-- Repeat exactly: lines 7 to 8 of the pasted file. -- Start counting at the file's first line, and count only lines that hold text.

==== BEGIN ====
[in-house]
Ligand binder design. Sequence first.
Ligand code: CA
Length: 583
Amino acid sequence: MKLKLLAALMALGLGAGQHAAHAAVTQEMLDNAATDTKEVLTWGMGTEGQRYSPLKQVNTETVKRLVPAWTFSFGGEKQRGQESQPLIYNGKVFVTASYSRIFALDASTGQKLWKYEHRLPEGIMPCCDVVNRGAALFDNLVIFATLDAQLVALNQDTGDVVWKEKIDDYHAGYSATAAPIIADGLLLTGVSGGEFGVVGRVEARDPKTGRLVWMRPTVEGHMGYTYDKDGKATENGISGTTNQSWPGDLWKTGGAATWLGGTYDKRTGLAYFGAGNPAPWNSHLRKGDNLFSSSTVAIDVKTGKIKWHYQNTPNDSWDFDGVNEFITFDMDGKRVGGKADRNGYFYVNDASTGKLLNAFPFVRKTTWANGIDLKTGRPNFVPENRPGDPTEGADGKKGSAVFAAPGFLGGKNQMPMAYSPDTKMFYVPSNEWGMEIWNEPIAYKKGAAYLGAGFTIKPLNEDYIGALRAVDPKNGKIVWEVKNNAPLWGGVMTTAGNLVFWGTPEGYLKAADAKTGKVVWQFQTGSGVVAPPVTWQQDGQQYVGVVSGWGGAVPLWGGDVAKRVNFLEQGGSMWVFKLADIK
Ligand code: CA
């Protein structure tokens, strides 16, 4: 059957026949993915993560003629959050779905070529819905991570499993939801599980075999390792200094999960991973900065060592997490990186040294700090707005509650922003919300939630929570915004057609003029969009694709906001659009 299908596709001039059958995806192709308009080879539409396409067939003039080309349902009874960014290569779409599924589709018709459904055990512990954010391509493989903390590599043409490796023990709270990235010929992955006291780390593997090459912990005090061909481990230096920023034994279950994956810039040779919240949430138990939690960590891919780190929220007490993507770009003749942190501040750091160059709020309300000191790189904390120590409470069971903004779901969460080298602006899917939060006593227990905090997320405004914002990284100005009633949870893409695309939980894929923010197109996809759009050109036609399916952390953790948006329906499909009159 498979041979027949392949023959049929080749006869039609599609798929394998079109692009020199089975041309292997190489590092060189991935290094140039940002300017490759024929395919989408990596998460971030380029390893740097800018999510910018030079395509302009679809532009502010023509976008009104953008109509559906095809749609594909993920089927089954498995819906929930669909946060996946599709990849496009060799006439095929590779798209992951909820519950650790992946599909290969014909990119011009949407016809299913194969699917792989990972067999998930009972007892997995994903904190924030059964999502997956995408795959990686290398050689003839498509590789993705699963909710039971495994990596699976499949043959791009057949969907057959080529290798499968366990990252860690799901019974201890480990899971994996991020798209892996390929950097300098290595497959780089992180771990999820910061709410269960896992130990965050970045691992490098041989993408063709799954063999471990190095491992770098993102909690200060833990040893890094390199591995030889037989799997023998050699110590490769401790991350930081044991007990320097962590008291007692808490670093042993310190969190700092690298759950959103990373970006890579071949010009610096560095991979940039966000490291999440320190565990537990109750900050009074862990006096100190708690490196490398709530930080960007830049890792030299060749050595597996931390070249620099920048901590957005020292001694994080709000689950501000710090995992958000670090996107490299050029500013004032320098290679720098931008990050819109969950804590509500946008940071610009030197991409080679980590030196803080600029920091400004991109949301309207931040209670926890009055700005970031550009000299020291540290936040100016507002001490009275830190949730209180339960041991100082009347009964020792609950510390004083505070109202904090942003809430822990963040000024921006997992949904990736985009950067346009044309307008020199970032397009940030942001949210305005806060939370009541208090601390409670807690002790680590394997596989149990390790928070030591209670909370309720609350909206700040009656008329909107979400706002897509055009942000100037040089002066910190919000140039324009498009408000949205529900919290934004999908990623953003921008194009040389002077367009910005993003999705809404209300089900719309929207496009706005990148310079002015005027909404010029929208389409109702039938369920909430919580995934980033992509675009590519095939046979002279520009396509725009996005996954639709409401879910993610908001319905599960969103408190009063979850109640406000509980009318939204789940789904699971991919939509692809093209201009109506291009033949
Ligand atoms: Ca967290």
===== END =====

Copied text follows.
């Protein structure tokens, strides 16, 4: 059957026949993915993560003629959050779905070529819905991570499993939801599980075999390792200094999960991973900065060592997490990186040294700090707005509650922003919300939630929570915004057609003029969009694709906001659009 299908596709001039059958995806192709308009080879539409396409067939003039080309349902009874960014290569779409599924589709018709459904055990512990954010391509493989903390590599043409490796023990709270990235010929992955006291780390593997090459912990005090061909481990230096920023034994279950994956810039040779919240949430138990939690960590891919780190929220007490993507770009003749942190501040750091160059709020309300000191790189904390120590409470069971903004779901969460080298602006899917939060006593227990905090997320405004914002990284100005009633949870893409695309939980894929923010197109996809759009050109036609399916952390953790948006329906499909009159 498979041979027949392949023959049929080749006869039609599609798929394998079109692009020199089975041309292997190489590092060189991935290094140039940002300017490759024929395919989408990596998460971030380029390893740097800018999510910018030079395509302009679809532009502010023509976008009104953008109509559906095809749609594909993920089927089954498995819906929930669909946060996946599709990849496009060799006439095929590779798209992951909820519950650790992946599909290969014909990119011009949407016809299913194969699917792989990972067999998930009972007892997995994903904190924030059964999502997956995408795959990686290398050689003839498509590789993705699963909710039971495994990596699976499949043959791009057949969907057959080529290798499968366990990252860690799901019974201890480990899971994996991020798209892996390929950097300098290595497959780089992180771990999820910061709410269960896992130990965050970045691992490098041989993408063709799954063999471990190095491992770098993102909690200060833990040893890094390199591995030889037989799997023998050699110590490769401790991350930081044991007990320097962590008291007692808490670093042993310190969190700092690298759950959103990373970006890579071949010009610096560095991979940039966000490291999440320190565990537990109750900050009074862990006096100190708690490196490398709530930080960007830049890792030299060749050595597996931390070249620099920048901590957005020292001694994080709000689950501000710090995992958000670090996107490299050029500013004032320098290679720098931008990050819109969950804590509500946008940071610009030197991409080679980590030196803080600029920091400004991109949301309207931040209670926890009055700005970031550009000299020291540290936040100016507002001490009275830190949730209180339960041991100082009347009964020792609950510390004083505070109202904090942003809430822990963040000024921006997992949904990736985009950067346009044309307008020199970032397009940030942001949210305005806060939370009541208090601390409670807690002790680590394997596989149990390790928070030591209670909370309720609350909206700040009656008329909107979400706002897509055009942000100037040089002066910190919000140039324009498009408000949205529900919290934004999908990623953003921008194009040389002077367009910005993003999705809404209300089900719309929207496009706005990148310079002015005027909404010029929208389409109702039938369920909430919580995934980033992509675009590519095939046979002279520009396509725009996005996954639709409401879910993610908001319905599960969103408190009063979850109640406000509980009318939204789940789904699971991919939509692809093209201009109506291009033949
Ligand atoms: Ca967290």